Angela Neustatter 'Is my life over, or is the best yet to come?'

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Watching Arthur Miller's new short play,
Mr Peters' Connections, the other evening, I was struck by what melancholy nostalgia this vigorous trooper was serving up as he reflected on the losses that started amassing once he reached the second half of life. Less eloquently, in the same week, I had seen Britt Ekland, 57, quoted as saying she was "finished" as an actress and a desirable partner for a man in LA because of her age. Words redolent of Cher's pithier, "Fifty sucks", when she notched up her half-century birthday.

Watching Arthur Miller's new short play, Mr Peters' Connections, the other evening, I was struck by what melancholy nostalgia this vigorous trooper was serving up as he reflected on the losses that started amassing once he reached the second half of life. Less eloquently, in the same week, I had seen Britt Ekland, 57, quoted as saying she was "finished" as an actress and a desirable partner for a man in LA because of her age. Words redolent of Cher's pithier, "Fifty sucks", when she notched up her half-century birthday.

Well what a couple of old Jeremiahs they are at a time when you can hardly turn around but someone is chanting about Isn't it Great to be Grey? and all that . The sound of Marj Thorburn, seasoned and spirited therapist with Relate, declaring recently that sex often gets better for the over-50s rings in my ears.

But in truth, it's not that simple. Once we hit mid-life - and right now, a quarter of us erstwhile baby-boomers are there - you are faced with growing up.

My own abrupt fall from grace came when visiting my son during his gap year in Zimbabwe. It was several months since I had seen him and we journeyed up country to a remote park where, that evening, we booked into a small wooden hut for the night. As we sat reading our books, I felt wonderfully ageless, a traveller alongside my son, and our ages were immaterial.

He didn't see it quite that way. Turning to look at me squinting over the pages of the novel I was reading, he burst out: "You've really aged since I left England."

Filial love was a tad strained for the next 24 hours until I'd thought hard about why it felt so bad to be seen to get older, remembering the writer Anthony Powell growling: "Growing old is like being increasingly penalised for a crime you haven't committed."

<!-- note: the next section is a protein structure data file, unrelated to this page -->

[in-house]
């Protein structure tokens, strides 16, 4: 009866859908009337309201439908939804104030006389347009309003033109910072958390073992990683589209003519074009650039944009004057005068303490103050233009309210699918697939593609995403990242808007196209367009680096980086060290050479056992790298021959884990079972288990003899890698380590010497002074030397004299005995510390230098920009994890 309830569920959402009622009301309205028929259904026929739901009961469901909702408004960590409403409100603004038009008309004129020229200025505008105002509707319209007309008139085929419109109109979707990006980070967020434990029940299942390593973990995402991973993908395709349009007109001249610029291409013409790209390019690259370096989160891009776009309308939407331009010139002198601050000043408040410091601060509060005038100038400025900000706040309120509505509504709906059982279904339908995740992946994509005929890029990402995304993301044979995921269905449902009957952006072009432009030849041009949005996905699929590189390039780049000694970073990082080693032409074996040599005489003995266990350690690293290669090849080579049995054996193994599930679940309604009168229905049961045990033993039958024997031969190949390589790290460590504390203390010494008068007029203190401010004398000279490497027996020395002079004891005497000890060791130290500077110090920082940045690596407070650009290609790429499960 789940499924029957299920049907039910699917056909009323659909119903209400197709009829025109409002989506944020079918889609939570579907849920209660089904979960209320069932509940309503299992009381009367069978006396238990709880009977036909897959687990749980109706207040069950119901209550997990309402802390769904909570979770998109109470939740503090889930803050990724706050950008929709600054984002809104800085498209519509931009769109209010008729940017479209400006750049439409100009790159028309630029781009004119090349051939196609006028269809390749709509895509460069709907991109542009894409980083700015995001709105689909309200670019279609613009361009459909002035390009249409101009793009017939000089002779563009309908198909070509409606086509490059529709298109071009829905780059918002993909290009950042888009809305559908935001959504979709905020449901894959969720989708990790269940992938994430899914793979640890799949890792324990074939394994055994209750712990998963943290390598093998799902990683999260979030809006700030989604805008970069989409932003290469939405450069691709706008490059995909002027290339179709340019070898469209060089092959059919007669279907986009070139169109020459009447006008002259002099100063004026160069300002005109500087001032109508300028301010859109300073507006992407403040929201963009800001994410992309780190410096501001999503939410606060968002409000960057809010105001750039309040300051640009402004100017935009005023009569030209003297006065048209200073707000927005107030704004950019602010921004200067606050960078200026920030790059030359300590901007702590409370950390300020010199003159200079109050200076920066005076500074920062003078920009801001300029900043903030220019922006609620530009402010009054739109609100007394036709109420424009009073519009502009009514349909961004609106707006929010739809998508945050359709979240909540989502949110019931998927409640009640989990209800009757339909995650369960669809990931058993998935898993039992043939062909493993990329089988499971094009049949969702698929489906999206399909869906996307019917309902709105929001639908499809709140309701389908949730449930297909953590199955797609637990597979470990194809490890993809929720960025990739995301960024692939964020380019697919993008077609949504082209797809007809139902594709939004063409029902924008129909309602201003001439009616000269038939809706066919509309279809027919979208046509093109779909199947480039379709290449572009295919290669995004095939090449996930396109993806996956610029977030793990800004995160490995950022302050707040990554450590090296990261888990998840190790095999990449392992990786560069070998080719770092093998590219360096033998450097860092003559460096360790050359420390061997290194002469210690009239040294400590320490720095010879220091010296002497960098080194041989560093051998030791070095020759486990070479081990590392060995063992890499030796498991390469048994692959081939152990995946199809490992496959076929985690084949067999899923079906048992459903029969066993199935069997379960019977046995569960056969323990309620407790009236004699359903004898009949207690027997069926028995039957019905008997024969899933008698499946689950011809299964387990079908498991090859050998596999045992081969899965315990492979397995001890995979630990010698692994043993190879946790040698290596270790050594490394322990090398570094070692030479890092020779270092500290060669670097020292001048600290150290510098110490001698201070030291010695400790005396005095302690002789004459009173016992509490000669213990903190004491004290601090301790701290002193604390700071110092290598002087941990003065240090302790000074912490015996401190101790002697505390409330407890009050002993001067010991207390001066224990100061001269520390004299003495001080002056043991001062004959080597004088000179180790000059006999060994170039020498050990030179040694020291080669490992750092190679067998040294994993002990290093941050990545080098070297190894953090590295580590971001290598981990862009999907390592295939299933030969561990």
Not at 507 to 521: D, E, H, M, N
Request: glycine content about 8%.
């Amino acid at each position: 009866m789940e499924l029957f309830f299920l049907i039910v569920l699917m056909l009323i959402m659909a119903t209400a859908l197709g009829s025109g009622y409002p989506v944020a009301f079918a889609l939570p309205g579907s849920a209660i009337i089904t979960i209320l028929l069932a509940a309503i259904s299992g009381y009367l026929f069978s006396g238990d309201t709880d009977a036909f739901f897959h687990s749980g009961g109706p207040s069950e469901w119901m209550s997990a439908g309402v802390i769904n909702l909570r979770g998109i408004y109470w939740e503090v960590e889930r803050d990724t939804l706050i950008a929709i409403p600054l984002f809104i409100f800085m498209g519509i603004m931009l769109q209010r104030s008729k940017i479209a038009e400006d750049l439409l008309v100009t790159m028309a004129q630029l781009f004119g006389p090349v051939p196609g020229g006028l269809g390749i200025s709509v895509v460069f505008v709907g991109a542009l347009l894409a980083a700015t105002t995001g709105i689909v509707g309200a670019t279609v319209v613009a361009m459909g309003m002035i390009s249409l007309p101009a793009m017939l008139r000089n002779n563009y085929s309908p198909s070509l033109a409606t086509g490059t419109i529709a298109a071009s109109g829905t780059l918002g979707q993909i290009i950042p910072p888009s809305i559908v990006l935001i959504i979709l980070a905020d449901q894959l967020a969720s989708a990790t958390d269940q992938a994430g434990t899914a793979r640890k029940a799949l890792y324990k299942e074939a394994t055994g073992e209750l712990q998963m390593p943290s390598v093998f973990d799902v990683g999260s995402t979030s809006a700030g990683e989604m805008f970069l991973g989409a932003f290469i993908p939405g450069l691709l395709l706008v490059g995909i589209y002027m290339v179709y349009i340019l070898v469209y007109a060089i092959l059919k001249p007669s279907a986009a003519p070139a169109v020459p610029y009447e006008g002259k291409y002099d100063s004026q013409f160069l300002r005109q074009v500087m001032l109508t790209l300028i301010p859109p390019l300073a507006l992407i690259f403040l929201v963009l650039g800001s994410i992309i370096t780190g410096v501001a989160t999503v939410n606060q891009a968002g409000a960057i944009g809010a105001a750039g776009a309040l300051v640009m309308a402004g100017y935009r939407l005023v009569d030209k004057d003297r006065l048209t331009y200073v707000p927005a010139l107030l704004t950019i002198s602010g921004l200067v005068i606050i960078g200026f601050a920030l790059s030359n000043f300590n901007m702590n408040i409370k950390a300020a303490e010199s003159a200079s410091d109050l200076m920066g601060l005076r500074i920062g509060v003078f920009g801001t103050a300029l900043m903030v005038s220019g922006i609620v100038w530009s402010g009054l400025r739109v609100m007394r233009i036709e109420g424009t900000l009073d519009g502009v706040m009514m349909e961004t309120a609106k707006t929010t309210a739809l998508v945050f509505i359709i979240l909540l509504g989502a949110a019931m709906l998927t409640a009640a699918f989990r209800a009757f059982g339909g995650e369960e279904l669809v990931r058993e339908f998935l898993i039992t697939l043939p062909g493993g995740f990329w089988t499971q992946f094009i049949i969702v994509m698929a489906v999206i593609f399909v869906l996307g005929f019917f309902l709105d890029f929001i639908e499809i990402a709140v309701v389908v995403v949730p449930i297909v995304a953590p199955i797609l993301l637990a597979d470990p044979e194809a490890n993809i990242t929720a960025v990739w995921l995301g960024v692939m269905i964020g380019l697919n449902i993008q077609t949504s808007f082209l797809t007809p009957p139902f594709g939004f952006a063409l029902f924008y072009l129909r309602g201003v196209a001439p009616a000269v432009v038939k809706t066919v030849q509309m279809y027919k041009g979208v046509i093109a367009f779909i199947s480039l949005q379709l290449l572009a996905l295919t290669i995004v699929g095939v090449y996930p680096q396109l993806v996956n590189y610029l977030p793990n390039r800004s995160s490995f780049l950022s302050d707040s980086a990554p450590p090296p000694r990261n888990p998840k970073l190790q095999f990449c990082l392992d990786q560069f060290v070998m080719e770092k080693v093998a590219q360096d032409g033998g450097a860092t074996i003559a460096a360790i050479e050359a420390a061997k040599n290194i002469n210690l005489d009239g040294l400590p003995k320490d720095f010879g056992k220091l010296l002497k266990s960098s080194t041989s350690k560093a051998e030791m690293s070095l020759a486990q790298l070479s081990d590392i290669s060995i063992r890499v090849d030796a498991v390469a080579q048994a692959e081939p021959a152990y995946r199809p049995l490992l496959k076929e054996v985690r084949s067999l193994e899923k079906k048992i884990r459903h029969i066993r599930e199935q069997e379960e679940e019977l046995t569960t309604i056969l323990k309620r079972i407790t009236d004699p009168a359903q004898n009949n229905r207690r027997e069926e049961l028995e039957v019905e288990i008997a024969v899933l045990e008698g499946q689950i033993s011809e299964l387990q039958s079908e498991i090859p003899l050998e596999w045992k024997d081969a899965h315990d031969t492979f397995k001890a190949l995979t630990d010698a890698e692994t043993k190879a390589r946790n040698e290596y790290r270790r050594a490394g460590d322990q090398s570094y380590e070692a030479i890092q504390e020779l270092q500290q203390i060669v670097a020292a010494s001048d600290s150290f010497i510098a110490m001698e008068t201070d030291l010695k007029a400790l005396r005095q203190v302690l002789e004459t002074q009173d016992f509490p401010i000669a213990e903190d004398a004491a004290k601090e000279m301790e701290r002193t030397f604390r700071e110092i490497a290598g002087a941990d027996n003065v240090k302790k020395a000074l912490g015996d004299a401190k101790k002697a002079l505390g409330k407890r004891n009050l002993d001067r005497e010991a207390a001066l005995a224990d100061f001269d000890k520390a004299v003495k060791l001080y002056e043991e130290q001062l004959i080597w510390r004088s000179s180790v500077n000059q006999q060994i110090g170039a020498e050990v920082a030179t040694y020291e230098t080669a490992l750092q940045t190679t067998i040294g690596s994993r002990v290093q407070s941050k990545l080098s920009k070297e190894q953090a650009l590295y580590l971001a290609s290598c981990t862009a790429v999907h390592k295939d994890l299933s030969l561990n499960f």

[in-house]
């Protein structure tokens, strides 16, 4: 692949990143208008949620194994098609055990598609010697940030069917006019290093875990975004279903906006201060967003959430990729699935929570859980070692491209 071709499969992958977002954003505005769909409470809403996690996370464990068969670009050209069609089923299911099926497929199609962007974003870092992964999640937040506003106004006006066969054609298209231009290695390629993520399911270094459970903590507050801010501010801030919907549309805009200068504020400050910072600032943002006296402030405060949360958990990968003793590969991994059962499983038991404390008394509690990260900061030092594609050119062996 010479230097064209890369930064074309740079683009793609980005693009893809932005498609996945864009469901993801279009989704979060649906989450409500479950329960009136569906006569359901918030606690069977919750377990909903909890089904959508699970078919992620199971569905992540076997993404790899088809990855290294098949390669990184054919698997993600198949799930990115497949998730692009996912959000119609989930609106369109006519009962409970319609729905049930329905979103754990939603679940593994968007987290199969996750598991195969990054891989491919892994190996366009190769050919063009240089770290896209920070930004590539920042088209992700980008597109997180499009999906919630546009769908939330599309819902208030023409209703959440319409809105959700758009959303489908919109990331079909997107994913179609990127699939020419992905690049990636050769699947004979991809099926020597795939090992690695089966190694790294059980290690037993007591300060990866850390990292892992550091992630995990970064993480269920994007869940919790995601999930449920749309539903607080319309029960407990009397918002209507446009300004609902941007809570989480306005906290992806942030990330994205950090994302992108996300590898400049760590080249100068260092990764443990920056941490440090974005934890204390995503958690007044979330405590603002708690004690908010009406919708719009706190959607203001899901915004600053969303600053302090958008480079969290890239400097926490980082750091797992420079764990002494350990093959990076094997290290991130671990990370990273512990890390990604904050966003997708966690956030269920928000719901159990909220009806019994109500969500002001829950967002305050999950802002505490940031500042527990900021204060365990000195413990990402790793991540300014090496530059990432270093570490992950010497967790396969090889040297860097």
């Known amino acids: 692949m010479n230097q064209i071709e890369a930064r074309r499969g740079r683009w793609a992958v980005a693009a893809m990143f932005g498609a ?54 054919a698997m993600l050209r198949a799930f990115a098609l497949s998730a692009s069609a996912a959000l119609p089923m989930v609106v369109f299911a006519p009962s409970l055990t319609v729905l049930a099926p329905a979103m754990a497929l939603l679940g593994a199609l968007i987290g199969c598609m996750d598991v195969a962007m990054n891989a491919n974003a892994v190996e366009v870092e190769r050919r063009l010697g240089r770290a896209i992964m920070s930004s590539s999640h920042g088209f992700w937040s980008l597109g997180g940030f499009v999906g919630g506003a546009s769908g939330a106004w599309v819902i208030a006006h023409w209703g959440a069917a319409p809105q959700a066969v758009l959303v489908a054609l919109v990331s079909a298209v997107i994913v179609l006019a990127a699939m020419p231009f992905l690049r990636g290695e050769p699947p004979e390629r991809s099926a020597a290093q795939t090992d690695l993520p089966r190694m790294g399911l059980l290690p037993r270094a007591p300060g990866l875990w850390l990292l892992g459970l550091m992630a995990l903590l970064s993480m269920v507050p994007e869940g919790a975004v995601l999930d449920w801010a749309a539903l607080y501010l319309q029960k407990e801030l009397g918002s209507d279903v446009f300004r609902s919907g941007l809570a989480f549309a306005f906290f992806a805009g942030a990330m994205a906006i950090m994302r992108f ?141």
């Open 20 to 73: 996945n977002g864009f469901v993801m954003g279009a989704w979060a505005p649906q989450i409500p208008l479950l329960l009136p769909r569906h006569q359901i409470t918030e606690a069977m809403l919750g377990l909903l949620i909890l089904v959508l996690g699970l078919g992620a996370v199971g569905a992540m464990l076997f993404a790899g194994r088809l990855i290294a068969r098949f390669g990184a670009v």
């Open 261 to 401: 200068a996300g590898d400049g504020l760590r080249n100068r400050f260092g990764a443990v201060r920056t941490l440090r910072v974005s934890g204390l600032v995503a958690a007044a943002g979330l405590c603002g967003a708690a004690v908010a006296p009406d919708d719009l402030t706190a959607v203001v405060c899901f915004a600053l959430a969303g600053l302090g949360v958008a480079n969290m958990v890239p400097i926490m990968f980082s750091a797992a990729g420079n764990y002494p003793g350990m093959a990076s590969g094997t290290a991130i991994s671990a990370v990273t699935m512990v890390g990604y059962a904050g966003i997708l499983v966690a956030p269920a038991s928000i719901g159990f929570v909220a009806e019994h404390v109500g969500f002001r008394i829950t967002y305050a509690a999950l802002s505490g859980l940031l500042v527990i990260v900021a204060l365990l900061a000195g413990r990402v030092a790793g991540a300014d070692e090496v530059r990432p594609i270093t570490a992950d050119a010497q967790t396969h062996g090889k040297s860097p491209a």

But the curious thing was that I felt liberated, once dreams of ever being mistaken for a cool Babe again had run their course and that I had accepted I had to move out of the youth camp and into a life stage which is uncharted territory.

Not so long ago, Marketing Weekly carried an article describing the ageing baby-boomers as "a new generation of selfish oldies", discovering new freedoms, new priorities and above all the opportunity to behave badly. Hooray.

All the same, making the transition, forging a new identity isn't all plain sailing. As I mentioned when writing my book on mid-life, This Is Our Time, I celebrated my 40th birthday in high spirits and a spray-on outfit, defying the world to see ME worry about the odd wrinkle depicting a life well-lived. Yet within a couple of years my equilibrium had vanished and my certainties with it. An experience echoed, albeit in different ways, by many of the 150 men and women I interviewed for the book.

And one of the toughest parts is being told that we should no longer imagine we're OK as we were. And never more so than in how we dress. Listen to Lowri Turner, a stripling in her mid-thirties ticking off stars such as Cher at the Oscars: "The spirit may be willing but the flesh is just not of recent enough vintage to carry off spray-on Lycra and flannel-size skirts". I bought into that the day I went trotting off to Camden market to replace a worn out pair of leopardskin tights.

The feeling of no longer knowing who you are was expressed nicely by one woman I met: "I only know I'm too long in the tooth for Nirvana, not decrepit enough for Mantovani." And as Seneca told the ancient Romans: "The fates lead him who will. He who won't, they drag."

Of course there are losses: creaking bones, post-prandial dozing rather than disco nights and fewer opportunities on the whole for chandelier-shaking sex. But my aim is to echo the wonderful poet May Sarton, who said on her 70th birthday: "I am more myself than ever."

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